“After the experimental engine has been successfully tested, it is released for production. (During the testing phase, manufacturing and other departments have been busy getting ready for the new engine’s production.) Often a field test engine is built to get feedback from a customer and if necessary, final modifications are made.
“Unless the engine was designed for a specific customer, the sales department then begins the marketing campaign with news releases, sales bulletins and advertising sent to potential customers and to the various trade magazines.
“If the sales department research was correct, and marketing was successful, orders start to come in. It was often the case at Waukesha that a new engine was eventually used in many other applications for years after the sales for the original application had ended.
“The service department provides help to install the engine at the customer’s site as needed and provides future service through a network of distributors whose mechanics are trained at the plant in Waukesha.”
Memories of a few workers
Cliff Borgstrom worked for 43 years at Waukesha Motors. Even as a youngster, he was connected to the company.
“During the depression in the 1930s, we lived on St. Paul Ave. a short way from the Motor Company. Every morning about 6:30 a neighbor walked by the house on his way to work at the Motor Company.
“If he came home by 7 o’clock a.m., it was a bad day with no work available. If he came home a few hours later he at least got in a few hours. If he came home after a full day that was something to hope for.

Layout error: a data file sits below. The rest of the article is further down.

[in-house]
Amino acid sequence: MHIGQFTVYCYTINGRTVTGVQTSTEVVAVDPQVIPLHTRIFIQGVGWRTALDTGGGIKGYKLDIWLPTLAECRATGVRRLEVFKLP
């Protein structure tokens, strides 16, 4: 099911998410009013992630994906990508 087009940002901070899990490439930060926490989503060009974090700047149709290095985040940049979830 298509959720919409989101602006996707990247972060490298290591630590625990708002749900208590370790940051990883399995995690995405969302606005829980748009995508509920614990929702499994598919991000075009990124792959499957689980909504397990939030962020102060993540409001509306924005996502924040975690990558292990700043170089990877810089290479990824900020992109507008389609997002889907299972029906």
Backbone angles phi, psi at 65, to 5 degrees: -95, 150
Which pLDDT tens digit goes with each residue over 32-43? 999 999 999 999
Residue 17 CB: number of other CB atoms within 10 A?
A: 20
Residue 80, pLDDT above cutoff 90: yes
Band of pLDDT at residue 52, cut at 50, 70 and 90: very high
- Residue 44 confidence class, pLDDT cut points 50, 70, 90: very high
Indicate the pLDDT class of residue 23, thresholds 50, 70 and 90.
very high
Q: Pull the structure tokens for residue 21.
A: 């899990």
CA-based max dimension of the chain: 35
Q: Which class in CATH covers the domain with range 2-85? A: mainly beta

“During the plant’s peak years, many Waukesha families had at least one member working at the Motor Works.”
Cliff remembered a few highlights of his time with the company.
“In 1947, during the big snow storm, all the roads and sidewalks were tied up. My brother Carl and I decided to go to work. We broke through drifts three feet deep or more. We took turns breaking a path,” he recalled.
“The plant was pretty well deserted except for a few diehards like us. Also, many from the third shift could not leave. We were all given shovels to clear the driveways so trucks could come and go. I had my shovel in hand when my boss showed up and said ‘No way.’ My job was very important as I was the only one in the test room who made it in and we had engines to test.
“I heard a lot of comments from people walking by with their shovels.
“Another time, while setting up an engine in the large test room, a round piece of concrete about five inches in diameter fell from the ceiling and hit me onto my hip.